You are currently viewing A University of Utah program aims to make A.I. more responsible. Can it help during the election? – Salt Lake Tribune

A University of Utah program aims to make A.I. more responsible. Can it help during the election? – Salt Lake Tribune

This story is jointly published by nonprofits Amplify Utah and The Salt Lake Tribune, in collaboration with student media at the University of Utah, to elevate diverse perspectives in local media through student journalism.

With daily advances in artificial intelligence technology advances, scientists and researchers have been looking into the risks and benefits A.I. would carry in the 2024 election.

While some fear that bad actors will use A.I. to misinform the public or affect security, one University of Utah professor is making the argument that A.I. can be viewed as a tool rather than a risk.

Mike Kirby, a professor in the U.’s Kahlert School of Computing, is a leadership member of the university’s Responsible AI Initiative (RAI), which is meeting with community members — including state leaders, lawyers and psychologists — to collect data about how to use AI most effectively.

The initiative, backed with a $100 million investment from the university announced in November, aims to use advanced A.I. technology responsibly, to tackle societal issues including the environment, education and health care.

Elections aren’t now in the initiative’s field of interest, but Kirby says they could be.

The media, Kirby said, portrays A.I. as either a utopian supertool or a dystopian mechanism that will bring the world’s end. RAI, he said, lies somewhere in the middle of those polarized extremes.

“We don’t take a dystopia or a utopian view,” he said. ” We try to take a measured view, a healthy optimistically measured view.” Kirby clarified, however, that “healthy” optimism isn’t the same as “blind optimism.”

RAI, he said, looks for the positives of A.I. and determines how to use the technology as a tool — while understanding that A.I.’s potential use will come with challenges.

In applying the initiative’s research to the U.S. electoral system, he said the technology could be used to harm election results — but also to counteract those harms.

For example, he said, some forms of A.I. can detect voting anomalies, by “sifting through data at rates that [humans] can’t, and look for patterns that are anomalous and should be investigated.”

AI isn’t “bad,” Kirby said, and A.I. shouldn’t be treated “as if somehow its the entity that has a choice.” Many of the evils attributed to A.I. — such as “deepfakes” and spreading disinformation to voters — are, he said, the fault of “bad actors with bad intentions.”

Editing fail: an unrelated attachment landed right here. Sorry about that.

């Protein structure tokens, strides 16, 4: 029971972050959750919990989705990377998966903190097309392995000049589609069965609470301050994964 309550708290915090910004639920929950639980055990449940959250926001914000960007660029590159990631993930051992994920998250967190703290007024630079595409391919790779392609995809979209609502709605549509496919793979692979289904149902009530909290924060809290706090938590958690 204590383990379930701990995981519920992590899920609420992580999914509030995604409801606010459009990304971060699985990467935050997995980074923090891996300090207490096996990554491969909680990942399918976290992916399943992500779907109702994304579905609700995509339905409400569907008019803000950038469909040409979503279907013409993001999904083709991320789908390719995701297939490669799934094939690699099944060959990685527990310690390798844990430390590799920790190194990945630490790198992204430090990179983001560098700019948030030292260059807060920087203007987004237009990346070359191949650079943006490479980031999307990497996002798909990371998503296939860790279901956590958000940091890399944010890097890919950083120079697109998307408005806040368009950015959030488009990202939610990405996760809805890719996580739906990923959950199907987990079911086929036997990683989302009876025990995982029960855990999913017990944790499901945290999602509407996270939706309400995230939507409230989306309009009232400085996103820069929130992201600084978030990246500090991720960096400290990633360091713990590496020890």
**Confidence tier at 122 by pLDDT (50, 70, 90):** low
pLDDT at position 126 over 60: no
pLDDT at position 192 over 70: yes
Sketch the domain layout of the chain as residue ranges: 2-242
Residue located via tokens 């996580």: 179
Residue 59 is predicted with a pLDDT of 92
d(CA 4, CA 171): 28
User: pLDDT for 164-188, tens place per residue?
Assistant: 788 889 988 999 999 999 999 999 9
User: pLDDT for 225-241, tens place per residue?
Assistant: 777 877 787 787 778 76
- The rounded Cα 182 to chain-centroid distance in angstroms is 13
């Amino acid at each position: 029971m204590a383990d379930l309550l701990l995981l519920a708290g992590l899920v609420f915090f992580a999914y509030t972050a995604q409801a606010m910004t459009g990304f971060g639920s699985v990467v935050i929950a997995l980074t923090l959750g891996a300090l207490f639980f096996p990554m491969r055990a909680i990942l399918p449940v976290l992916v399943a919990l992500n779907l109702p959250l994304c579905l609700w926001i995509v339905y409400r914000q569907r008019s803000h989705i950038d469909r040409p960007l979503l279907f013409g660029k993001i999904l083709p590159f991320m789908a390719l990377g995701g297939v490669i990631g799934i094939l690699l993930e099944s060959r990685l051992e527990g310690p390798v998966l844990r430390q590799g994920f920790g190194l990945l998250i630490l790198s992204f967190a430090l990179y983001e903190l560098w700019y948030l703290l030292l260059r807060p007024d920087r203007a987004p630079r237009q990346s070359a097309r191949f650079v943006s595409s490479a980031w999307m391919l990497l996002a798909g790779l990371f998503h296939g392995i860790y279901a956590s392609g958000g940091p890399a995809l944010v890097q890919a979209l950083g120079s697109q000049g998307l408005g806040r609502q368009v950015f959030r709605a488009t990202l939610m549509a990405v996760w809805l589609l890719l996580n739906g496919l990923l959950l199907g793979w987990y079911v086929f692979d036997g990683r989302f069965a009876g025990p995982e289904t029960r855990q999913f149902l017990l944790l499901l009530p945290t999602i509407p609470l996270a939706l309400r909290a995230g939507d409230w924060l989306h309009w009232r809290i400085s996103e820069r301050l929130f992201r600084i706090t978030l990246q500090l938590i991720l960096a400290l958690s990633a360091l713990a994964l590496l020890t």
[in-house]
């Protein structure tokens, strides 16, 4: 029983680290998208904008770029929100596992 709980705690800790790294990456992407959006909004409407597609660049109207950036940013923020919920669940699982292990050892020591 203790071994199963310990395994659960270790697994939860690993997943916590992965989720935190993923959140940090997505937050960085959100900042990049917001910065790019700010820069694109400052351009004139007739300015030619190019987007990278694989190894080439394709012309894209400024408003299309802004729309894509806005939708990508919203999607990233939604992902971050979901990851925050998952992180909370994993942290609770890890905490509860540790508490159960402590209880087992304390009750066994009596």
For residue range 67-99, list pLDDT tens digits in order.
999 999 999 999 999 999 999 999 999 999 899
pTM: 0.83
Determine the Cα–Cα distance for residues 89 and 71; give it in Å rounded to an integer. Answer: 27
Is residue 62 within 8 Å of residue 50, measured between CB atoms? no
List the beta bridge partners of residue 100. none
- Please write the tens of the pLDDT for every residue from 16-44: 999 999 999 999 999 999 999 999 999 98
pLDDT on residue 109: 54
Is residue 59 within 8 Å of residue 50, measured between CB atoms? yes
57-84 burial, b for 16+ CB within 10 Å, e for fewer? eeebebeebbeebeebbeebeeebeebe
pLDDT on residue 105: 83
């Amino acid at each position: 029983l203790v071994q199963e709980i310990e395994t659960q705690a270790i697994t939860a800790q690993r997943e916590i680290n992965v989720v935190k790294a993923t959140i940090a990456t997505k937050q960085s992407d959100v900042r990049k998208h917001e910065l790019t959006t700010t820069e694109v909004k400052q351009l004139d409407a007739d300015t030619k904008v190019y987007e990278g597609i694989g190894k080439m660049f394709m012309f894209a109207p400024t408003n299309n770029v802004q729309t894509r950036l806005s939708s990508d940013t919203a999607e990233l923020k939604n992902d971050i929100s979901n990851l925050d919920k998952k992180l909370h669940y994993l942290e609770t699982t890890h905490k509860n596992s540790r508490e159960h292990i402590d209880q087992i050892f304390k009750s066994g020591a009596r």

The practice of using A.I. for disinformation is, he said, “encouraging a vigilance on the part of us as consumers — just understanding the fact that [we] need to be mindful of this.”

The International Federation of Library Associations and Institutions has published guidelines on how to spot fake news, boiled down to a handy infographic. The guidelines include considering the source of the information, checking the sources provided and the date of publication, and factoring in the news consumer’s own biases.

Josh McCrain, assistant professor of political science at the U., said A.I. is not a concern when it comes to election security. Election infrastructure is “extremely secure,” he said, and those casting doubts on its integrity often are people with “bad intentions and bad faith” when a vote goes against their preferred candidate.

“These are really secure elections,” he said, “and anybody suggesting otherwise has political motivations.”

Deepfakes — A.I.-assisted video or audio that make it appear that someone said or did something they didn’t — are a main concern, McCrain said. Deepfakes have been around for years, he noted, but they are expected to become more prominent as the technology advances.

“That is definitely something that can be exploited by bad actors,” McCrain said.

In January, NBC News reported, a robocall with a simulated voice resembling President Joe Biden’s went out to Democrats in New Hampshire, urging them not to vote in that state’s presidential primary that month. The attorney general’s office in New Hampshire issued a statement that said “this message appears to be artificially generated.”

There have been moves by some states to regulate deepfakes. For example, according to an Associated Press report from January, six states have criminalized nonconsensual deepfake porn.

Otherwise, though, McCrain said it’s up to social media platforms to regulate themselves.

Solving the issue of deepfakes and disinformation is not as easy as recognizing anomalies of bad actor interference, Kirby said. There’s also the concern that regulating A.I. too tightly will remove factual information, he said.

It’s a challenge to keep the right balance, he said, but “this is the amazing thing about our liberal democracies.

“What we don’t want,” Kirby said, “is the mechanisms that we create to try to squash disinformation to be those mechanisms that squash the voice of freedom that’s needed.”

Libbey Hanson wrote this story as a student at the University of Utah. It is published as part of a new collaborative including nonprofits Amplify Utah and The Salt Lake Tribune.